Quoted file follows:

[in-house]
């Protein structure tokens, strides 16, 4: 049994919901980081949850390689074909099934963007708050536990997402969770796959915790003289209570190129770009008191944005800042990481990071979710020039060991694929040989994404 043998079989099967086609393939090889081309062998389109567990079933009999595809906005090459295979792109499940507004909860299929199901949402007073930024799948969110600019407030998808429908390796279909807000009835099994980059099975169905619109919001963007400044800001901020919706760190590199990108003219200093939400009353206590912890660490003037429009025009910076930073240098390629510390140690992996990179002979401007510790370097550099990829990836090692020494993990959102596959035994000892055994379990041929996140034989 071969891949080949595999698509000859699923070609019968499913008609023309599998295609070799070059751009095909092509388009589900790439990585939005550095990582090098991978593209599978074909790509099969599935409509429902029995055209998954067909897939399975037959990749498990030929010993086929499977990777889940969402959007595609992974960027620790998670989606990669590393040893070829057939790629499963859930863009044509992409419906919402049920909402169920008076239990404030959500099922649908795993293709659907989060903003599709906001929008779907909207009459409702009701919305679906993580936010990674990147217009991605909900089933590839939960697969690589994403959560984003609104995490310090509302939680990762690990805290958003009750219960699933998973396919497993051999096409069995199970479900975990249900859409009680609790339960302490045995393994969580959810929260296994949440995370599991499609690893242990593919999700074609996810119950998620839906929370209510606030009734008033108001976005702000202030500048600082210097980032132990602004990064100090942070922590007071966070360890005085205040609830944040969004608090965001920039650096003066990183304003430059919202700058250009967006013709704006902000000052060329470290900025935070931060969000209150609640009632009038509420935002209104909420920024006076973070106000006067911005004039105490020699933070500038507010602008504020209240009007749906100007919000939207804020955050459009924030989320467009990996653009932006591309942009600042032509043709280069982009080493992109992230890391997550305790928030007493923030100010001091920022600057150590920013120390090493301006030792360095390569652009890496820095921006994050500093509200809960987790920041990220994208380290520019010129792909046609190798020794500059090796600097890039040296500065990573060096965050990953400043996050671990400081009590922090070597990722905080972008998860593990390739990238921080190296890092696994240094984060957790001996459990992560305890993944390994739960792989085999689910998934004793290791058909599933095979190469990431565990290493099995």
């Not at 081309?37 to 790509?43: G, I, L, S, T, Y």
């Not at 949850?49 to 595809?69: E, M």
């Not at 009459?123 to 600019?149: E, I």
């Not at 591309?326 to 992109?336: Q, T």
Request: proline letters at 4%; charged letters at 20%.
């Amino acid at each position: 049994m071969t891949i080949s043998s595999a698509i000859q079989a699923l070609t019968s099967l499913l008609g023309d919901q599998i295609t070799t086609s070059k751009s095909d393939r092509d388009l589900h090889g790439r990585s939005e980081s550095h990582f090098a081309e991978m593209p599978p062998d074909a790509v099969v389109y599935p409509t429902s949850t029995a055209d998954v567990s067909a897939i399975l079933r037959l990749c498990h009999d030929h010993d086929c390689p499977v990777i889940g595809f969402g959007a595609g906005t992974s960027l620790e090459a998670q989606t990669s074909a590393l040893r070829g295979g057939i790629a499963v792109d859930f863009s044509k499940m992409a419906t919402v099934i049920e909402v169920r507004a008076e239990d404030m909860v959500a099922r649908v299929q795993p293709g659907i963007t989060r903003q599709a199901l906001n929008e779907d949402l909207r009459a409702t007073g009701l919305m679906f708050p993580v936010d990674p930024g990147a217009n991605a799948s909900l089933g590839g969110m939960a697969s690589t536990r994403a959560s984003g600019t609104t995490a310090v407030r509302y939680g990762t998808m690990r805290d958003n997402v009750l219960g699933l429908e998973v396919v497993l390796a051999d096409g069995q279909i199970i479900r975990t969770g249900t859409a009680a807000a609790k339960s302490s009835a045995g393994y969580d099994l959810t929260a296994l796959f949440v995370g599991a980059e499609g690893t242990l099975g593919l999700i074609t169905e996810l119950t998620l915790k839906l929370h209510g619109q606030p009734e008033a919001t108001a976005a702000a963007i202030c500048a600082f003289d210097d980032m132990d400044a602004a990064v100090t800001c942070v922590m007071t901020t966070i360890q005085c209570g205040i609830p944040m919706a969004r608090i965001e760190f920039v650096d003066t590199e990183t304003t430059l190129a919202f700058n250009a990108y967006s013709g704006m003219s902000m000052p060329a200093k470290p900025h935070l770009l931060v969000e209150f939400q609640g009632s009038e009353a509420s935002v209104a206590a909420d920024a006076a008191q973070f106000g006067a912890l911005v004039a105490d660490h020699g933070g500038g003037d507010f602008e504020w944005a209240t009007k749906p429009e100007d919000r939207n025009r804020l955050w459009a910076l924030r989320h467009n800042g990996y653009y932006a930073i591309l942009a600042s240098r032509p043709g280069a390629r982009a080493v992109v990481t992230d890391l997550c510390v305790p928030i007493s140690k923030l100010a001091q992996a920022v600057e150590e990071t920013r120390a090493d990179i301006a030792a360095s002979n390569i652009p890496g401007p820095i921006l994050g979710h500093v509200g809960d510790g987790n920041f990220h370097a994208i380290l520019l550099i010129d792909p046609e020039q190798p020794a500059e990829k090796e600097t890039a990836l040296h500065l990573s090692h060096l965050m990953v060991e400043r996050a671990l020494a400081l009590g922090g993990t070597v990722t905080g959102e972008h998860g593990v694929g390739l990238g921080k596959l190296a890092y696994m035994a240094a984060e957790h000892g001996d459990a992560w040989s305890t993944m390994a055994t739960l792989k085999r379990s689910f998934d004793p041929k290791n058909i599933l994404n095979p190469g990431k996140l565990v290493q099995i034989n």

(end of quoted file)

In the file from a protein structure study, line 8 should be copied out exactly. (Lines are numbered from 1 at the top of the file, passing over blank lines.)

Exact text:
């Amino acid at each position: 049994m071969t891949i080949s043998s595999a698509i000859q079989a699923l070609t019968s099967l499913l008609g023309d919901q599998i295609t070799t086609s070059k751009s095909d393939r092509d388009l589900h090889g790439r990585s939005e980081s550095h990582f090098a081309e991978m593209p599978p062998d074909a790509v099969v389109y599935p409509t429902s949850t029995a055209d998954v567990s067909a897939i399975l079933r037959l990749c498990h009999d030929h010993d086929c390689p499977v990777i889940g595809f969402g959007a595609g906005t992974s960027l620790e090459a998670q989606t990669s074909a590393l040893r070829g295979g057939i790629a499963v792109d859930f863009s044509k499940m992409a419906t919402v099934i049920e909402v169920r507004a008076e239990d404030m909860v959500a099922r649908v299929q795993p293709g659907i963007t989060r903003q599709a199901l906001n929008e779907d949402l909207r009459a409702t007073g009701l919305m679906f708050p993580v936010d990674p930024g990147a217009n991605a799948s909900l089933g590839g969110m939960a697969s690589t536990r994403a959560s984003g600019t609104t995490a310090v407030r509302y939680g990762t998808m690990r805290d958003n997402v009750l219960g699933l429908e998973v396919v497993l390796a051999d096409g069995q279909i199970i479900r975990t969770g249900t859409a009680a807000a609790k339960s302490s009835a045995g393994y969580d099994l959810t929260a296994l796959f949440v995370g599991a980059e499609g690893t242990l099975g593919l999700i074609t169905e996810l119950t998620l915790k839906l929370h209510g619109q606030p009734e008033a919001t108001a976005a702000a963007i202030c500048a600082f003289d210097d980032m132990d400044a602004a990064v100090t800001c942070v922590m007071t901020t966070i360890q005085c209570g205040i609830p944040m919706a969004r608090i965001e760190f920039v650096d003066t590199e990183t304003t430059l190129a919202f700058n250009a990108y967006s013709g704006m003219s902000m000052p060329a200093k470290p900025h935070l770009l931060v969000e209150f939400q609640g009632s009038e009353a509420s935002v209104a206590a909420d920024a006076a008191q973070f106000g006067a912890l911005v004039a105490d660490h020699g933070g500038g003037d507010f602008e504020w944005a209240t009007k749906p429009e100007d919000r939207n025009r804020l955050w459009a910076l924030r989320h467009n800042g990996y653009y932006a930073i591309l942009a600042s240098r032509p043709g280069a390629r982009a080493v992109v990481t992230d890391l997550c510390v305790p928030i007493s140690k923030l100010a001091q992996a920022v600057e150590e990071t920013r120390a090493d990179i301006a030792a360095s002979n390569i652009p890496g401007p820095i921006l994050g979710h500093v509200g809960d510790g987790n920041f990220h370097a994208i380290l520019l550099i010129d792909p046609e020039q190798p020794a500059e990829k090796e600097t890039a990836l040296h500065l990573s090692h060096l965050m990953v060991e400043r996050a671990l020494a400081l009590g922090g993990t070597v990722t905080g959102e972008h998860g593990v694929g390739l990238g921080k596959l190296a890092y696994m035994a240094a984060e957790h000892g001996d459990a992560w040989s305890t993944m390994a055994t739960l792989k085999r379990s689910f998934d004793p041929k290791n058909i599933l994404n095979p190469g990431k996140l565990v290493q099995i034989n």